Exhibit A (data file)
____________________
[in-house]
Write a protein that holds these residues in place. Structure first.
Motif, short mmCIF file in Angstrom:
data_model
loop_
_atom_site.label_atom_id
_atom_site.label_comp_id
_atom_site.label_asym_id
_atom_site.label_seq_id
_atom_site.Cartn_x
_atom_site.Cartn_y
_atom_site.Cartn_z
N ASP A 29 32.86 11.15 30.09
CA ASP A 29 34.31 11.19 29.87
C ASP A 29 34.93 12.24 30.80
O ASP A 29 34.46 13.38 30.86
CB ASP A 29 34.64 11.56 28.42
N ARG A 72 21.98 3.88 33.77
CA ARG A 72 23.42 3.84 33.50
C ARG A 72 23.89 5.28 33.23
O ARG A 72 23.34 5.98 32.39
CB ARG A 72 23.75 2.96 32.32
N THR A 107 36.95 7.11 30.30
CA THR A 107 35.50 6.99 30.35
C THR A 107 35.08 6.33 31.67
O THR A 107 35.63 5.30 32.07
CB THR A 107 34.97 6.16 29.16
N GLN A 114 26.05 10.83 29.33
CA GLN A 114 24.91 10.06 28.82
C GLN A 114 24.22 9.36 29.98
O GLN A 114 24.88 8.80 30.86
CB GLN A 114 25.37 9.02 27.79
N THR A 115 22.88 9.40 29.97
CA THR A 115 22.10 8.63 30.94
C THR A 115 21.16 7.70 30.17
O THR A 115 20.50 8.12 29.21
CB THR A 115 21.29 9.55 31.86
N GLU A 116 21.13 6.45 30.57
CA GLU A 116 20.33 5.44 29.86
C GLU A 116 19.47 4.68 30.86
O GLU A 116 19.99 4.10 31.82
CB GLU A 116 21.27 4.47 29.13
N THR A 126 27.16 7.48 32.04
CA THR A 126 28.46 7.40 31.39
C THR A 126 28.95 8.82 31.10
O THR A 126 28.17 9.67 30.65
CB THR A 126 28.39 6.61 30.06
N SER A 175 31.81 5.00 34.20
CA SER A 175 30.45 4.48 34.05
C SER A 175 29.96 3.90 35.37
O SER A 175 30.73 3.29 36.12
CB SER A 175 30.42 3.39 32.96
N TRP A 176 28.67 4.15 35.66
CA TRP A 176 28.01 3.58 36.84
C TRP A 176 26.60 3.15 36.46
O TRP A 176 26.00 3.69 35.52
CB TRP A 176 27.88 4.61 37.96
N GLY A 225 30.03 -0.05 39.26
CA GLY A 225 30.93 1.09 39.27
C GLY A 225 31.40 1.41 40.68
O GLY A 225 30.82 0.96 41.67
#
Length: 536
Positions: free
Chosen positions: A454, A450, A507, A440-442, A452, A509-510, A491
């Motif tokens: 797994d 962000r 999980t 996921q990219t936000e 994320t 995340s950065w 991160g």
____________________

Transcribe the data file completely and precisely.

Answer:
[in-house]
Write a protein that holds these residues in place. Structure first.
Motif, short mmCIF file in Angstrom:
data_model
loop_
_atom_site.label_atom_id
_atom_site.label_comp_id
_atom_site.label_asym_id
_atom_site.label_seq_id
_atom_site.Cartn_x
_atom_site.Cartn_y
_atom_site.Cartn_z
N ASP A 29 32.86 11.15 30.09
CA ASP A 29 34.31 11.19 29.87
C ASP A 29 34.93 12.24 30.80
O ASP A 29 34.46 13.38 30.86
CB ASP A 29 34.64 11.56 28.42
N ARG A 72 21.98 3.88 33.77
CA ARG A 72 23.42 3.84 33.50
C ARG A 72 23.89 5.28 33.23
O ARG A 72 23.34 5.98 32.39
CB ARG A 72 23.75 2.96 32.32
N THR A 107 36.95 7.11 30.30
CA THR A 107 35.50 6.99 30.35
C THR A 107 35.08 6.33 31.67
O THR A 107 35.63 5.30 32.07
CB THR A 107 34.97 6.16 29.16
N GLN A 114 26.05 10.83 29.33
CA GLN A 114 24.91 10.06 28.82
C GLN A 114 24.22 9.36 29.98
O GLN A 114 24.88 8.80 30.86
CB GLN A 114 25.37 9.02 27.79
N THR A 115 22.88 9.40 29.97
CA THR A 115 22.10 8.63 30.94
C THR A 115 21.16 7.70 30.17
O THR A 115 20.50 8.12 29.21
CB THR A 115 21.29 9.55 31.86
N GLU A 116 21.13 6.45 30.57
CA GLU A 116 20.33 5.44 29.86
C GLU A 116 19.47 4.68 30.86
O GLU A 116 19.99 4.10 31.82
CB GLU A 116 21.27 4.47 29.13
N THR A 126 27.16 7.48 32.04
CA THR A 126 28.46 7.40 31.39
C THR A 126 28.95 8.82 31.10
O THR A 126 28.17 9.67 30.65
CB THR A 126 28.39 6.61 30.06
N SER A 175 31.81 5.00 34.20
CA SER A 175 30.45 4.48 34.05
C SER A 175 29.96 3.90 35.37
O SER A 175 30.73 3.29 36.12
CB SER A 175 30.42 3.39 32.96
N TRP A 176 28.67 4.15 35.66
CA TRP A 176 28.01 3.58 36.84
C TRP A 176 26.60 3.15 36.46
O TRP A 176 26.00 3.69 35.52
CB TRP A 176 27.88 4.61 37.96
N GLY A 225 30.03 -0.05 39.26
CA GLY A 225 30.93 1.09 39.27
C GLY A 225 31.40 1.41 40.68
O GLY A 225 30.82 0.96 41.67
#
Length: 536
Positions: free
Chosen positions: A454, A450, A507, A440-442, A452, A509-510, A491
């Motif tokens: 797994d 962000r 999980t 996921q990219t936000e 994320t 995340s950065w 991160g």